The French gastronomic brasserie of the St Regis hotel Osaka, named after the Golden Street where it is situated, is helmed by Vincent Gadaud, a young chef from Tulle who has a no nonsense approach to traditions. He knows that they are never so interesting than when they are twisted with the inventiveness of culinary talent. He has to deal with the specifics of cooking French in Japan, some of them obvious, like the language barrier, others more treacherous, like the price of butter. He speaks about his cuisine with heart and a great sense of humour: he was happy to speak French with guests and spend a good deal of time at our table, commenting on the dishes and listening to our comments. It was a great diner, even though a couple of things might have been improved, but they were details, really.
After an amuse-bouche which was rather too sweet to whip up the appetite, we rejoiced at the arrival of hefty slices of good bread, astuciously matched with a red wine salted butter. Now we were talking, and the conversation begun. The first dish, a browned lobster tail with fresh corn, zucchini and vanilla butter was perfectly satisfying and brought some nostalgic memories of the same pairing at Sanderens. With a glass of an honest Orvieto it was a successful debut.
Followed a smoked haddock fish cake with creamed leeks, a tad too salty, even though haddock was sweetened with the inspired introduction of salmon. Leeks in a Béchamel are always welcome as far as one is concerned. Quickly followed a green pea velouté with crispy lard, that one forgot to photograph, first because it was a bowl of soup, then because it happened to be a tad repetitive on the gustative range. That dish would have fared better after the next one.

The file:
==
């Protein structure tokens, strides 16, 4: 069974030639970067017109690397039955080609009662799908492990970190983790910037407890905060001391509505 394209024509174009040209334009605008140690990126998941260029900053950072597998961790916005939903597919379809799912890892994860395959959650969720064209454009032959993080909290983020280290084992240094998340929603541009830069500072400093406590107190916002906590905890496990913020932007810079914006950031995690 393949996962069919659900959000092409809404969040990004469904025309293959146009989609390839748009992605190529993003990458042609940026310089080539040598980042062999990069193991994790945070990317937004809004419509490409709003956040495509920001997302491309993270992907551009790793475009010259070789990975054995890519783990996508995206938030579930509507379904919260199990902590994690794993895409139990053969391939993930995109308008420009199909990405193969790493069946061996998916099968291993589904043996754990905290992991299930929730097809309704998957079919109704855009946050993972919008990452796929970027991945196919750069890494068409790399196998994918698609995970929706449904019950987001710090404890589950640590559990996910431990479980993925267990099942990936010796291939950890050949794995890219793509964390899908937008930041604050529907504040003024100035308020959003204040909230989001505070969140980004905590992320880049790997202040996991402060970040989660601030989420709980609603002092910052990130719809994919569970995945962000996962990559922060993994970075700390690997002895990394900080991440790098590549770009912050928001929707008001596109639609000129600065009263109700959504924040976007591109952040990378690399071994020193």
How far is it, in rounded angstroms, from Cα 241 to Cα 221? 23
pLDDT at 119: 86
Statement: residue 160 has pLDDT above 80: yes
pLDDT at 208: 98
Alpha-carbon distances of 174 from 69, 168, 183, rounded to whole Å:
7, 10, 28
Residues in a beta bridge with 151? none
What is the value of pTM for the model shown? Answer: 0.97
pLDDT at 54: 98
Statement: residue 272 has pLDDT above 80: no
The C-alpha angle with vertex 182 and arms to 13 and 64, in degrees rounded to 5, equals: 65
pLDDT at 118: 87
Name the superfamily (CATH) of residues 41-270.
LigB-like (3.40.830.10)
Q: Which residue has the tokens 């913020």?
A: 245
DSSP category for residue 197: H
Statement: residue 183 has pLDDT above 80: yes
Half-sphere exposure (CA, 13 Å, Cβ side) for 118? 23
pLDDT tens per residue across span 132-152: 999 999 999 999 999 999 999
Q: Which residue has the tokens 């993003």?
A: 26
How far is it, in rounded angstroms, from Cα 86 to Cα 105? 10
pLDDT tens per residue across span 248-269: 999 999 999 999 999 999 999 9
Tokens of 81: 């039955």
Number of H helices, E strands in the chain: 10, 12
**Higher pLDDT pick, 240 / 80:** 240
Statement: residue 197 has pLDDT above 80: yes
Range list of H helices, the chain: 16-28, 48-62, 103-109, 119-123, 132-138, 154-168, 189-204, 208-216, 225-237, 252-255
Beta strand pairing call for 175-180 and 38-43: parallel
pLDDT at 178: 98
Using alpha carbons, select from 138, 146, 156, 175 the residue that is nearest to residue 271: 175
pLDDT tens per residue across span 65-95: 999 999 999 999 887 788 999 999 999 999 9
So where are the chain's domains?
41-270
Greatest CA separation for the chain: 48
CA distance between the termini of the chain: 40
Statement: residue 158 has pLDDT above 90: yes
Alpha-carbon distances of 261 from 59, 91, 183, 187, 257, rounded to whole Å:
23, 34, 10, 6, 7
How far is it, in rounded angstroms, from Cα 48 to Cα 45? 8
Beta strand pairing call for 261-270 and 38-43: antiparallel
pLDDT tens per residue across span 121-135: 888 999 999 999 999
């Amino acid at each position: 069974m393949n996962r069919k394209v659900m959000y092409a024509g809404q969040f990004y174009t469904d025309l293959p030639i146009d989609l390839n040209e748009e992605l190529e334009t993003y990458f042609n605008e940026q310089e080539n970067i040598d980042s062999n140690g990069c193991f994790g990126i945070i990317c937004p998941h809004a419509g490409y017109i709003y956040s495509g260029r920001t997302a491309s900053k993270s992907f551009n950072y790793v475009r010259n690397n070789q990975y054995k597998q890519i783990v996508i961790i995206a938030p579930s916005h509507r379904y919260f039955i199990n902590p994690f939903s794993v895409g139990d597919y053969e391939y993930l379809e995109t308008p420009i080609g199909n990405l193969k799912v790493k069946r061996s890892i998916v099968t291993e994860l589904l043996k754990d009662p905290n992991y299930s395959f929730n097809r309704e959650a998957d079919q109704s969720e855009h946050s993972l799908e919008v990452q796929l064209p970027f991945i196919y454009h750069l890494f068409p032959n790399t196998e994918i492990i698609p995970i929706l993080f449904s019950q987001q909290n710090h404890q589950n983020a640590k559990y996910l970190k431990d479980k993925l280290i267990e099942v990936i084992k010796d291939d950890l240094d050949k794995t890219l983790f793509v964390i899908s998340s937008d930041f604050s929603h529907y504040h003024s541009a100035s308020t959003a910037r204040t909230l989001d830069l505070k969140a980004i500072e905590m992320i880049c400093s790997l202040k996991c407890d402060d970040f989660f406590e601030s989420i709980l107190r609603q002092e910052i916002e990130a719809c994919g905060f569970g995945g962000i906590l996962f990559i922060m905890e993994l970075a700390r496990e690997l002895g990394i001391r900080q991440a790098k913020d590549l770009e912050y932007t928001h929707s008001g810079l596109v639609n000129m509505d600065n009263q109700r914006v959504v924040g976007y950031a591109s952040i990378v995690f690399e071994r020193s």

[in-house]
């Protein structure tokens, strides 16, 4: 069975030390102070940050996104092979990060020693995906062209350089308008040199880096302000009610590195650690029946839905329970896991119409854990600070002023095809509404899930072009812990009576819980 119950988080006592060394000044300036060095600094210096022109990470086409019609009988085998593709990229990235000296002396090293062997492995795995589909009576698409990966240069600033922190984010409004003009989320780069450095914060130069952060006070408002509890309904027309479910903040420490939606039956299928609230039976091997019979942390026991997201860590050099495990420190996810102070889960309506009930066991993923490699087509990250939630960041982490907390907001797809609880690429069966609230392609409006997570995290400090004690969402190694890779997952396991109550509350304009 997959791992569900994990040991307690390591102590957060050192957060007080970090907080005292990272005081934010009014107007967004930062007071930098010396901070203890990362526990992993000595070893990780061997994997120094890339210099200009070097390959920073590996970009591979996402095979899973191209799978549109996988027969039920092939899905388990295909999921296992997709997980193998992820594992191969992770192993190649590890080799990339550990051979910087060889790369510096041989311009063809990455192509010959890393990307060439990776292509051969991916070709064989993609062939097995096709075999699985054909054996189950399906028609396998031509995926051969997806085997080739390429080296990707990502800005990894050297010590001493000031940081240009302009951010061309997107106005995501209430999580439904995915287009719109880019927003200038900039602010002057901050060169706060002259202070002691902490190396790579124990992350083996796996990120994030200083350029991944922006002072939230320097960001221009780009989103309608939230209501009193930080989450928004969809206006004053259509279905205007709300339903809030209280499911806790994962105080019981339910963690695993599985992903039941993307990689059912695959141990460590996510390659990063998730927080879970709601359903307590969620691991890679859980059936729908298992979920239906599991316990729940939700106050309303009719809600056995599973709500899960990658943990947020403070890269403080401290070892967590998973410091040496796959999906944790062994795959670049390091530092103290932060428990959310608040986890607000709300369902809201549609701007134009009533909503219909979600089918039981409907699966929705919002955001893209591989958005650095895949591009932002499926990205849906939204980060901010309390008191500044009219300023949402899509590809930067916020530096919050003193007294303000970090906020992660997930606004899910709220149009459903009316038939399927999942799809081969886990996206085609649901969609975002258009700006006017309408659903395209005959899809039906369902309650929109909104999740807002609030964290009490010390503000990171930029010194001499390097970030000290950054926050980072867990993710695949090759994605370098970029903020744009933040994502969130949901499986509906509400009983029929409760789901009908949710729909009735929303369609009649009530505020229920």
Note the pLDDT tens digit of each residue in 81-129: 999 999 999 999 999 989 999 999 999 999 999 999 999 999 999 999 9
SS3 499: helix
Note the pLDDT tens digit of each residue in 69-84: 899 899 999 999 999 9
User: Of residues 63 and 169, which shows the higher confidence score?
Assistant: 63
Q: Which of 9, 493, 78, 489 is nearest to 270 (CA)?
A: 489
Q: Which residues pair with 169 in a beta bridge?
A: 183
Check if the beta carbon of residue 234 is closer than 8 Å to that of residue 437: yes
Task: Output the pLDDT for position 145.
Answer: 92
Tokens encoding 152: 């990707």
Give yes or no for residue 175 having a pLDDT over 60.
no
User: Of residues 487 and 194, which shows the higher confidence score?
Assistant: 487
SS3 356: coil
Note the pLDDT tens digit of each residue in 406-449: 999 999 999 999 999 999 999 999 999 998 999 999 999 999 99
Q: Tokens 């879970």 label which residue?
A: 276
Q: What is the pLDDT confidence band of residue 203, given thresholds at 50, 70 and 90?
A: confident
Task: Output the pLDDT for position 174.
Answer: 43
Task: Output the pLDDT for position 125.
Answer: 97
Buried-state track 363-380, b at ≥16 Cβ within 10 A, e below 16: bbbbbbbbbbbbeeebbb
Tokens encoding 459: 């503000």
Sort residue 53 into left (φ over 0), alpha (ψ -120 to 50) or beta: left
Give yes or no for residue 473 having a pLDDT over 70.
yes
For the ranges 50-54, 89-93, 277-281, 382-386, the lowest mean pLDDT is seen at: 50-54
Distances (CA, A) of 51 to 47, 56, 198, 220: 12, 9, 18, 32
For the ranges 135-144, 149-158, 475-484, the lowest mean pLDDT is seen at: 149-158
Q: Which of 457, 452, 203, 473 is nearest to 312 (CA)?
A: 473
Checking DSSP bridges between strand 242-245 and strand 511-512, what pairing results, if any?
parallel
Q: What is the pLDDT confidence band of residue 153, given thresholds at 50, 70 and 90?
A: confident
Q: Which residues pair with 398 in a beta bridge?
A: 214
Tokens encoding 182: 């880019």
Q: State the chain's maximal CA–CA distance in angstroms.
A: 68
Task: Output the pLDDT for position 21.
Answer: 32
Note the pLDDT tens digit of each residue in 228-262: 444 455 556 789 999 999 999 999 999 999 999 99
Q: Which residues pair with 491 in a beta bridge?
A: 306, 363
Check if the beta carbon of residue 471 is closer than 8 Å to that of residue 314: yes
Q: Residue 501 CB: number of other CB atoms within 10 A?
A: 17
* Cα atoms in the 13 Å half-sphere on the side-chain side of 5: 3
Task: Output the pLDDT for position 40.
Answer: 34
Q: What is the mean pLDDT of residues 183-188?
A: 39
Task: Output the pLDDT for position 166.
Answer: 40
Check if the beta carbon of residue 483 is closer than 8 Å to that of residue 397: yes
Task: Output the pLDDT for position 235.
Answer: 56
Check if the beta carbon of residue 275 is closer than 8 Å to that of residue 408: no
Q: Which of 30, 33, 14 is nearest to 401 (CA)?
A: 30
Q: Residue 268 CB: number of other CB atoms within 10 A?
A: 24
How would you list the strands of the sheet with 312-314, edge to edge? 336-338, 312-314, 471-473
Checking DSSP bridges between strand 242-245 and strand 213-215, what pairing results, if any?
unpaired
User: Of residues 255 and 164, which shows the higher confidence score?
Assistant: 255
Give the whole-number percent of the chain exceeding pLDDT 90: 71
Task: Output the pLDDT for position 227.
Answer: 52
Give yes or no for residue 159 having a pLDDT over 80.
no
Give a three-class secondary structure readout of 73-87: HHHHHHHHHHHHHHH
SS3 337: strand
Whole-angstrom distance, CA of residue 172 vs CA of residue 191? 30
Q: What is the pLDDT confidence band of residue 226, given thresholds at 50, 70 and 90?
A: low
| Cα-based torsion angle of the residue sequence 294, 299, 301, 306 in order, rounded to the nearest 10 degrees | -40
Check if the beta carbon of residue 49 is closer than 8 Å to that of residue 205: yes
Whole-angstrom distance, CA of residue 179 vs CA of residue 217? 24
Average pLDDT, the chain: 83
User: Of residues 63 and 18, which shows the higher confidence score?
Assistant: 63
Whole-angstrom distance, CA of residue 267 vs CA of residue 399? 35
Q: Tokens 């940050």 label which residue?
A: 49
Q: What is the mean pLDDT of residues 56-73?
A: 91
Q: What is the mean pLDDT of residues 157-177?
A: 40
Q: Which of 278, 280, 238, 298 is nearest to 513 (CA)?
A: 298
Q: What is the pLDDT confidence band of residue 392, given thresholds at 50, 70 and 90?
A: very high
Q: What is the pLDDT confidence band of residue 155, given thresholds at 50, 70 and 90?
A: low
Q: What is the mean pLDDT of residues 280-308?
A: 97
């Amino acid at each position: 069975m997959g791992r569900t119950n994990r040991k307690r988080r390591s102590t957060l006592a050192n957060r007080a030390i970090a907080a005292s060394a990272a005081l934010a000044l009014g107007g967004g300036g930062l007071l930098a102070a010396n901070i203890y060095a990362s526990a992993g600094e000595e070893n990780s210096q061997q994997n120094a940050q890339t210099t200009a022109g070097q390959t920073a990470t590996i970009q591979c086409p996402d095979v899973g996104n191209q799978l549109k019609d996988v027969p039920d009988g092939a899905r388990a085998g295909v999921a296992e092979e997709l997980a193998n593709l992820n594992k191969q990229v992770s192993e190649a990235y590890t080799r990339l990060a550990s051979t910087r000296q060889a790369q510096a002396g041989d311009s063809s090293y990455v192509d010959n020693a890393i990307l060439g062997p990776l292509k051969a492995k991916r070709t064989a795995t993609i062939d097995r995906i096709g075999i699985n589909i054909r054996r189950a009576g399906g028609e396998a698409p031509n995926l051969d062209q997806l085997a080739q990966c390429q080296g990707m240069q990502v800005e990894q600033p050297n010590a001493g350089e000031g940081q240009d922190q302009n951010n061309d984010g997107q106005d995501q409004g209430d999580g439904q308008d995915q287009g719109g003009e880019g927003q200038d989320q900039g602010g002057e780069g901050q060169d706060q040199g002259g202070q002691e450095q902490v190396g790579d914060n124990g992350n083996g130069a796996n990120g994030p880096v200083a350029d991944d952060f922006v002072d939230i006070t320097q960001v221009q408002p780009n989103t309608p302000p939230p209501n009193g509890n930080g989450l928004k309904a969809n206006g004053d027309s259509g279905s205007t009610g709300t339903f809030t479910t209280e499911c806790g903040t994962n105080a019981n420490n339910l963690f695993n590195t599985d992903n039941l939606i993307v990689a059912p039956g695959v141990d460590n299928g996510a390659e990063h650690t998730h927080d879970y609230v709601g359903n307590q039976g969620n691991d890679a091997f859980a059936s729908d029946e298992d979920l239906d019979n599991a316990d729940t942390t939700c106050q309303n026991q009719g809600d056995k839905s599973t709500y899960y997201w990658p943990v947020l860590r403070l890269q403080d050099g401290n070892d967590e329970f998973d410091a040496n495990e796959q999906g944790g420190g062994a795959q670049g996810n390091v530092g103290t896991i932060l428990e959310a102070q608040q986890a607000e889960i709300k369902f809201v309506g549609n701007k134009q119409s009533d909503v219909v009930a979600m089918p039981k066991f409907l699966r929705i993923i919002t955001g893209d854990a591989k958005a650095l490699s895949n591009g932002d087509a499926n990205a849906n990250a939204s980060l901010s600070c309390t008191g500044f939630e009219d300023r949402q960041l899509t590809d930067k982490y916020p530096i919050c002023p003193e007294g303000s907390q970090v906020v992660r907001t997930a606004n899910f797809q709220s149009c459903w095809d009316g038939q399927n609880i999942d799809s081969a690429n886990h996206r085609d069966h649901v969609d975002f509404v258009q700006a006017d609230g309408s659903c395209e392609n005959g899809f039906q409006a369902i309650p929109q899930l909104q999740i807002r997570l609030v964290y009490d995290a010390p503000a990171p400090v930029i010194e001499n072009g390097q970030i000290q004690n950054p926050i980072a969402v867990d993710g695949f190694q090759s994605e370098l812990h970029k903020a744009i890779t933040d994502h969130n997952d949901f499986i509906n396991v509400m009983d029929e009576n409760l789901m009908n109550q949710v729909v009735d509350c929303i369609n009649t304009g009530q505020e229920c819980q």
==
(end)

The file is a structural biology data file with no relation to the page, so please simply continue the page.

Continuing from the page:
The real treats started with a glazed octopus with green tea tempura, served with a cream of Jerusalem artichokes and chips of sea vegetables. Apart from a couple of carrot slices, bringing color in but adding nothing, the dish was very balanced, including citrus bubbles. Molecular cuisine, used with discretion, enhances very nicely a classic dish.
The meat dish was the best: a honey roasted duck breast with caramelised endives and cèpes was announced, but it cames… with pork. We joked with the chef about the Alain Passard’s Frankenchicken (reviewed earlier here) but the idea of serving two different types of meat in the same plate was actually great, the duck courting his garniture of spinach and mushrooms and the pork very much in love with endives cooked in orange juice. A glass of a very nice claret and it was heaven.
Another treat was to follow: since dessert was a chocolate fondant, which is nothing to write about, Chef Dannaud made us taste a new dish from the à la carte menu (pictured on top): a pork gently cooked for 13 hours, splendid with green peas, mustard and onion rings. For unorthodox it was a dessert, it made us leave reluctantly. There was a flight the following morning, but as a last supper it must have been better than the one in the Bible.
Obviously service was impeccable and the atmosphere of the brasserie rather comforting, with old French songs played at low volume. Congratulations to Chef Gadaud !